Border tax adjustments: climate change, the WTO, and new tools for international environmental law-making.

Author:Nielsen, Laura
Position:Proceedings of the One Hundred Third Annual Meeting of the American Society of International Law: International Law as Law

This panel was convened at 2:45 p.m. on Friday, March 27, by its moderator, Steve Charnovitz of George Washington University Law School, who introduced the panelists: Rachel Brewster of Harvard Law School; Ellen Hey of Erasmus University School of Law; Laura Nielsen of the University of Copenhagen; and Jonathon Zasloff of UCLA School of Law. *

INTRODUCTORY REMARKS BY STEVE CHARNOVITZ ([dagger])

Welcome to our panel on climate border adjustments and world trade law. This panel has two segments. First, we have two trade law experts discussing whether such measures are consistent with trade law. The speakers are Laura Nielsen from the University of Copenhagen Law School and Rachel Brewster from Harvard Law School. The second segment features two prominent scholars from other fields of international law. They are Ellen Hay from Erasmus School of Law in Rotterdam and Jonanthan Zasloff from UCLA Law School. We have tasked these two panelists to reflect on the implications of the debate on trade and climate.

* Jonathon Zasloff did not submit remarks for the Proceedings.

([dagger]) Associate Professor of Law, George Washington University Law School.

BORDER CARBON ADJUSTMENTS, THE UNFCCC, AND WTO RULES

My presentation on Trade and Climate Change concludes that border carbon adjustments can be consistent with both the climate change and WTO rules--depending, of course, on their design--but that they are not necessarily attractive.

I define border carbon adjustments (or border tax adjustments, carbon taxes, etc.) as border taxes levied on especially carbon intensive products such as steel, aluminum, paper, chemicals, and cement, originating from countries that have not committed themselves to strict climate change laws to lower their green house gas (GHG) emissions. These countries are most often understood as those that have not committed themselves under a cap in the Kyoto Protocol or those that will not commit themselves under a cap in a Post-Kyoto Agreement. Border carbon adjustments can, of course, be aimed at all countries and a broader range of products, or potentially all products, based on their carbon footprint stemming from their production and perhaps even their transportation. However, for purposes of this presentation, I will limit myself to talking about those measures, which are aimed at countries that are not committed under a cap.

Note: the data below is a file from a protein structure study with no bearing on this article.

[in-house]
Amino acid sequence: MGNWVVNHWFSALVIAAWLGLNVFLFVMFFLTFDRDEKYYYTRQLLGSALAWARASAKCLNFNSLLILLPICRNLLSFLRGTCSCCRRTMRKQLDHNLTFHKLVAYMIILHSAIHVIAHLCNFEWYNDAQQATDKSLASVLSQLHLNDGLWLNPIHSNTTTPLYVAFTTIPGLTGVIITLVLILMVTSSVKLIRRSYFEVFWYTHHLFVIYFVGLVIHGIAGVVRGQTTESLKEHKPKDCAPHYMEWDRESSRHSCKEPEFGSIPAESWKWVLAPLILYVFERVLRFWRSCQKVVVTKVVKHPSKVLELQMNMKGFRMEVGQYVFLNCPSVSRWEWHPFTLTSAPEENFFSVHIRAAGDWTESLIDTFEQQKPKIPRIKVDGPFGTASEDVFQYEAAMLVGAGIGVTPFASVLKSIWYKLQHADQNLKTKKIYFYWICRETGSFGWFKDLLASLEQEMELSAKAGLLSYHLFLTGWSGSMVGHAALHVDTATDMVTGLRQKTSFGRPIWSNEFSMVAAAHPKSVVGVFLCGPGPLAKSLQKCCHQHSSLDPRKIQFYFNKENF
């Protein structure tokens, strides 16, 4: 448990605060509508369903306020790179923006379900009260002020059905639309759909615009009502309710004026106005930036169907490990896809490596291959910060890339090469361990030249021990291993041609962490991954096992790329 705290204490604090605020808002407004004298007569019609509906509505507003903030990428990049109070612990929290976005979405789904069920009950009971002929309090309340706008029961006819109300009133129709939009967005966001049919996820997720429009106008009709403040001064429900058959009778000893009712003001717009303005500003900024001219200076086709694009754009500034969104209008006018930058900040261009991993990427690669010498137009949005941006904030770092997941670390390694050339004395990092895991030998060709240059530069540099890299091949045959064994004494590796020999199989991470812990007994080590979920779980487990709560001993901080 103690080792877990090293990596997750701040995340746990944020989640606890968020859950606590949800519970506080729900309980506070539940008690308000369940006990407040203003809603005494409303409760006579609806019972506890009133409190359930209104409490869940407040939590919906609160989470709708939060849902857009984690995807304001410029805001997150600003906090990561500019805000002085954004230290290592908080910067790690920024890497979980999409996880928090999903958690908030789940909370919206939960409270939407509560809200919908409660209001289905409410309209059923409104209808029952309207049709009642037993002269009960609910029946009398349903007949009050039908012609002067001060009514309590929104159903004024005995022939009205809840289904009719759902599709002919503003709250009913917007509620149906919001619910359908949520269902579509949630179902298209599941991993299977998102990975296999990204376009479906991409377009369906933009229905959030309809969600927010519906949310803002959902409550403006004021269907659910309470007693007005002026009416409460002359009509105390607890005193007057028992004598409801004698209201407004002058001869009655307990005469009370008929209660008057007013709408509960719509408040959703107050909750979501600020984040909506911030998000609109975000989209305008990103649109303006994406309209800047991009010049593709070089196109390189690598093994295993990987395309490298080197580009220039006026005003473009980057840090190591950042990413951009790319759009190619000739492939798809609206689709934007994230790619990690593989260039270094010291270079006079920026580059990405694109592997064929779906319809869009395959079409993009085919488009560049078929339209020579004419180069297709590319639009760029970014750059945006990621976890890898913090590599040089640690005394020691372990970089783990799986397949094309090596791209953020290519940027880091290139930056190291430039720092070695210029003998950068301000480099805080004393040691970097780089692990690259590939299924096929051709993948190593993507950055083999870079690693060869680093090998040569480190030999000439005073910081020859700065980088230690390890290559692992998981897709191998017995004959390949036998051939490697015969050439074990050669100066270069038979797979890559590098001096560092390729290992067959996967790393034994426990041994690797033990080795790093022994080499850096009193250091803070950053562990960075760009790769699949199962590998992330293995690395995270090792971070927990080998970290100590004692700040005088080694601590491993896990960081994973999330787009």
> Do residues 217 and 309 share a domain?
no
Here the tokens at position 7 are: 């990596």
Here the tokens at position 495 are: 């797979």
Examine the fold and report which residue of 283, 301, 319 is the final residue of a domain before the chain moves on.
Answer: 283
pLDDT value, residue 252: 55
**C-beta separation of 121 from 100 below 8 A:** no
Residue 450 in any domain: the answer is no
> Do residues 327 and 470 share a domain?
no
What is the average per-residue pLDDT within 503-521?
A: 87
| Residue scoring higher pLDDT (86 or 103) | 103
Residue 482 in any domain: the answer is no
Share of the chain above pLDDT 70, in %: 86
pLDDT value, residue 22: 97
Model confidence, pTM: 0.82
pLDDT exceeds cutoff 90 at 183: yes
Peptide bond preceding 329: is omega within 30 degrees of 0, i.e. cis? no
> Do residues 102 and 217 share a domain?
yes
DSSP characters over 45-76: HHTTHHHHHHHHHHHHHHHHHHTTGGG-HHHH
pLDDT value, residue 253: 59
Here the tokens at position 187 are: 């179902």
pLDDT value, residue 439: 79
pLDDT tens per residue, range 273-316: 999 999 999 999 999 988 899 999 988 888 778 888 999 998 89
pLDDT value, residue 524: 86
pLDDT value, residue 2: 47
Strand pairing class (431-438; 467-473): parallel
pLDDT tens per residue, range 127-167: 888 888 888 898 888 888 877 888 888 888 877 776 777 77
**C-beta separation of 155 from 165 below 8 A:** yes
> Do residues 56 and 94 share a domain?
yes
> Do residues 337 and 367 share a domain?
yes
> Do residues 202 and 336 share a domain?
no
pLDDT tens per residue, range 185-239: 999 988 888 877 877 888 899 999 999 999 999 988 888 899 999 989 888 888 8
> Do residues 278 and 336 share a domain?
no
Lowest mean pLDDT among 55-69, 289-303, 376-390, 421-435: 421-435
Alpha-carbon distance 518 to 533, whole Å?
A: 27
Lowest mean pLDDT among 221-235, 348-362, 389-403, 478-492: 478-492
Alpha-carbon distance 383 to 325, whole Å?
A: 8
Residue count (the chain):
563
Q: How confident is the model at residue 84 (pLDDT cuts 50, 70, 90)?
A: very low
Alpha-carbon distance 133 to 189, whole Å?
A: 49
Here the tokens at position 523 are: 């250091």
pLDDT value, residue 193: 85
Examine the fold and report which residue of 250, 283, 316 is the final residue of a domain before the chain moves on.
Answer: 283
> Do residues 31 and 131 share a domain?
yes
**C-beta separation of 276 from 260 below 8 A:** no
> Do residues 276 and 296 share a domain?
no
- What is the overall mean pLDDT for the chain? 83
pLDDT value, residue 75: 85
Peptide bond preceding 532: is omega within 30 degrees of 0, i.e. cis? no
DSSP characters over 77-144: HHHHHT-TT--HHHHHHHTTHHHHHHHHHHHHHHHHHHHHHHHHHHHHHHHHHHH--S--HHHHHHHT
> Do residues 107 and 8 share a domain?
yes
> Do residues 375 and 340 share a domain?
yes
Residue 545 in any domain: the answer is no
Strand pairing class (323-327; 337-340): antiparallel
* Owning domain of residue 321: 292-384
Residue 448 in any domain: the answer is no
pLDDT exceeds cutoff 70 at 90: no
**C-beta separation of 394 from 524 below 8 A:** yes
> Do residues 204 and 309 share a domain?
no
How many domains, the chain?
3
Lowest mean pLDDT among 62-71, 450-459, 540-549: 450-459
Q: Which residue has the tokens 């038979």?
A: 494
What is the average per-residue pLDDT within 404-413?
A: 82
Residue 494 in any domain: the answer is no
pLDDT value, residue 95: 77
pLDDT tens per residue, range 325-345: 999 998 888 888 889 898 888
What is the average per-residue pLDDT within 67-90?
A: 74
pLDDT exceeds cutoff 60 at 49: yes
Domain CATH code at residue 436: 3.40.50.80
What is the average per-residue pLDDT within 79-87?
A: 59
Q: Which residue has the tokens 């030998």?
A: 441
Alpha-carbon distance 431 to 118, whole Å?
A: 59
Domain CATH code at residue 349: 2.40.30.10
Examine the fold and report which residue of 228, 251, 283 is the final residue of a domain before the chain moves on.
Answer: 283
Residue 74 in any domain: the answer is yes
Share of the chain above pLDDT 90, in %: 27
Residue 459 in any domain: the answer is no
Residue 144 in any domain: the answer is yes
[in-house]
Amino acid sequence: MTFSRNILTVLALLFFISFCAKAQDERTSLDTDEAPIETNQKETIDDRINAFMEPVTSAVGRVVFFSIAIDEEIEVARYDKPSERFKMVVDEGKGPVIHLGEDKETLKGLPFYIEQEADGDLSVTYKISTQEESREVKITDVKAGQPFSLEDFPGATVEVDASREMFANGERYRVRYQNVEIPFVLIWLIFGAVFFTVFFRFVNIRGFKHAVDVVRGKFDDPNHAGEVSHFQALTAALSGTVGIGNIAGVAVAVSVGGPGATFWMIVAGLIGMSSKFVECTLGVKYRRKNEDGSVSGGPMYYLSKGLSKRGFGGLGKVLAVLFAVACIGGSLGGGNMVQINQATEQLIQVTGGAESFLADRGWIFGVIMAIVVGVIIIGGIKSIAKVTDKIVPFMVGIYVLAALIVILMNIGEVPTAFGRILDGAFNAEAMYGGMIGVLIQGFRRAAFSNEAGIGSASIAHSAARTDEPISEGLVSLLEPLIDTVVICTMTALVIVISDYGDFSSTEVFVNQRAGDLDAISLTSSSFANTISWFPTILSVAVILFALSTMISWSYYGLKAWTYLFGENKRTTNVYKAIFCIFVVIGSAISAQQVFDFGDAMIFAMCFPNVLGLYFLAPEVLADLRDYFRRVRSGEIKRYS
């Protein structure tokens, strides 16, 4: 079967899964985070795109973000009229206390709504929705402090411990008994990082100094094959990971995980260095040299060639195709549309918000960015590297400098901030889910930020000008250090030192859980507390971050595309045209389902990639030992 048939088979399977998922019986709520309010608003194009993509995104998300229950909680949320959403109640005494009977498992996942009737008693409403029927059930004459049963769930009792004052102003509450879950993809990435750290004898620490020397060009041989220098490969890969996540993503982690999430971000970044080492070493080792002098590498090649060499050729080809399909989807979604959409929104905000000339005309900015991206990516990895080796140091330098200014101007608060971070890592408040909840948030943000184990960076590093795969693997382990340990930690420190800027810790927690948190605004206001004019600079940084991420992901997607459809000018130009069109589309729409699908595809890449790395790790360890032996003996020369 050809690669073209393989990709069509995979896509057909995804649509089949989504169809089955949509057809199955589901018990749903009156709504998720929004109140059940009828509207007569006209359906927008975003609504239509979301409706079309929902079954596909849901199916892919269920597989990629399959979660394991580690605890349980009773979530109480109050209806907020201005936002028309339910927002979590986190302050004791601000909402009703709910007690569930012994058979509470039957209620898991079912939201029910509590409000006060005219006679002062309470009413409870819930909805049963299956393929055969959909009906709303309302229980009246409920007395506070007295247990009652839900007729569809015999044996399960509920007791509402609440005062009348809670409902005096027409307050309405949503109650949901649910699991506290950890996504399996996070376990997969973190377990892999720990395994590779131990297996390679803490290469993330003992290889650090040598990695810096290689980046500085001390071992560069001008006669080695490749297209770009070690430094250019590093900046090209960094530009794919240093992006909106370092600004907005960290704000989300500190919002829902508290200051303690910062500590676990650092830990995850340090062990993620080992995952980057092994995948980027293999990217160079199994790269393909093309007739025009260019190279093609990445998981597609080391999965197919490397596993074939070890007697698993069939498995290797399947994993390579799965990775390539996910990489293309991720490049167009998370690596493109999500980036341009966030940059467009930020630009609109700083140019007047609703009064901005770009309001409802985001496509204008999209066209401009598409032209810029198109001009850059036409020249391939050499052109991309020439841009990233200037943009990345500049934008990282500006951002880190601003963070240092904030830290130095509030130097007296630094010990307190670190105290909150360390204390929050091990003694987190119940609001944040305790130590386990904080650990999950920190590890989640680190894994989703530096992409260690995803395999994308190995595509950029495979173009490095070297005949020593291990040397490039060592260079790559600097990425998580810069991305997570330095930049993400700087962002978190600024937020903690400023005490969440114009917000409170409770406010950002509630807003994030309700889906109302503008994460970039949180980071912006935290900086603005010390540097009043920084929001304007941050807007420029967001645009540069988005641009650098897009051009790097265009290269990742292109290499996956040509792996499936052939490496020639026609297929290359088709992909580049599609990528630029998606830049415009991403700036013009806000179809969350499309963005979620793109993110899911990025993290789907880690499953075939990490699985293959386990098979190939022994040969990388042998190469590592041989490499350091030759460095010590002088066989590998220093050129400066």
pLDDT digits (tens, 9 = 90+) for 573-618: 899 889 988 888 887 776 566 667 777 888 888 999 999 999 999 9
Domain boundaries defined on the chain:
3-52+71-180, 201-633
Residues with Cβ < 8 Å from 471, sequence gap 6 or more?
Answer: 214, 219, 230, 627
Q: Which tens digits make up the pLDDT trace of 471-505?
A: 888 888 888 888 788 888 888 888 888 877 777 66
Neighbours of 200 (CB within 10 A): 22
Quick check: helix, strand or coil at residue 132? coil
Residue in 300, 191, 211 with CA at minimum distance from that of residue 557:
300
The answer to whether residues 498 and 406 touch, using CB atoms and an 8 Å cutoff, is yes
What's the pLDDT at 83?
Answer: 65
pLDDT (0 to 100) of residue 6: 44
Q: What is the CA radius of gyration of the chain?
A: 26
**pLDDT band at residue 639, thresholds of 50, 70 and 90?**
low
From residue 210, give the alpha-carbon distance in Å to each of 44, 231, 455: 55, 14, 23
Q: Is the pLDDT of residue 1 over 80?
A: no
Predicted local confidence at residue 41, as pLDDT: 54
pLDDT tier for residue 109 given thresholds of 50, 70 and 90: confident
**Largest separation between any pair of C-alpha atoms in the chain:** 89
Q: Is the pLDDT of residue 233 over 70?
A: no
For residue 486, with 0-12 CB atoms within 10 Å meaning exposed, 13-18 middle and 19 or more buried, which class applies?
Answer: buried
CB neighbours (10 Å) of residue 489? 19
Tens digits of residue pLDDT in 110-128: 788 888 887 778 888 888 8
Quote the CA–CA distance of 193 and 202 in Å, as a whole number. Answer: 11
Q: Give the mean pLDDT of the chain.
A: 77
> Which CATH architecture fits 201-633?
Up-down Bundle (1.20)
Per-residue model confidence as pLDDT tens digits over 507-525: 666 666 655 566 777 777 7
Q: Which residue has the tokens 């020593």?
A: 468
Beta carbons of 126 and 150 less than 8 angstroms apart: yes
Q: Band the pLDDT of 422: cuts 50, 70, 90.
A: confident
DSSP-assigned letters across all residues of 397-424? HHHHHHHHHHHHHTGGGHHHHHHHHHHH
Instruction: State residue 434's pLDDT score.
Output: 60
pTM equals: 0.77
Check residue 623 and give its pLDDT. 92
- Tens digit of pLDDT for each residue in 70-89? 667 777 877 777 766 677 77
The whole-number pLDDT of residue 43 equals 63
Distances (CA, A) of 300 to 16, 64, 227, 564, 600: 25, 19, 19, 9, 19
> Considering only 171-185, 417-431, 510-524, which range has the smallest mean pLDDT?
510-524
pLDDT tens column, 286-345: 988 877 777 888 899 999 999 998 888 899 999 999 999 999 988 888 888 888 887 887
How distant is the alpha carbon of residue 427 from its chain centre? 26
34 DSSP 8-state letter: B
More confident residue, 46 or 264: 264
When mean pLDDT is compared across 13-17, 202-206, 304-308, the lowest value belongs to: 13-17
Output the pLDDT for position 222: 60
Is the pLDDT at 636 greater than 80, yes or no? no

The economic rationale behind border carbon adjustment measures is to counter the competitive advantage a foreign product may have because it benefits from coming from a country that is not committed under a cap and thus does not have strict rules for GHG emissions. The environmental rationale is to avoid carbon leakage. Carbon leakage is the term used for the phenomenon that companies or industries may relocate to another country where rules for GHG emissions are not so strict, which results in a potential rise in total global GHG emissions, or at best that GHG emissions are not curbed. Border carbon adjustments are also viewed as a type of "negative" negotiation strategy in the run-up to the "COP15" in Copenhagen in December 2009. The mere threat of being met by such a measure, should a country fail to commit itself under a cap in Copenhagen, is thought to pressure more countries into a commitment. Others view this argument as encouraging countries to negotiate in bad faith because its goal is to counteract the effects of a "failed" agreement on climate change. And, finally, domestic reasons behind enacting border carbon adjustments should not be underestimated, particularly in the United States.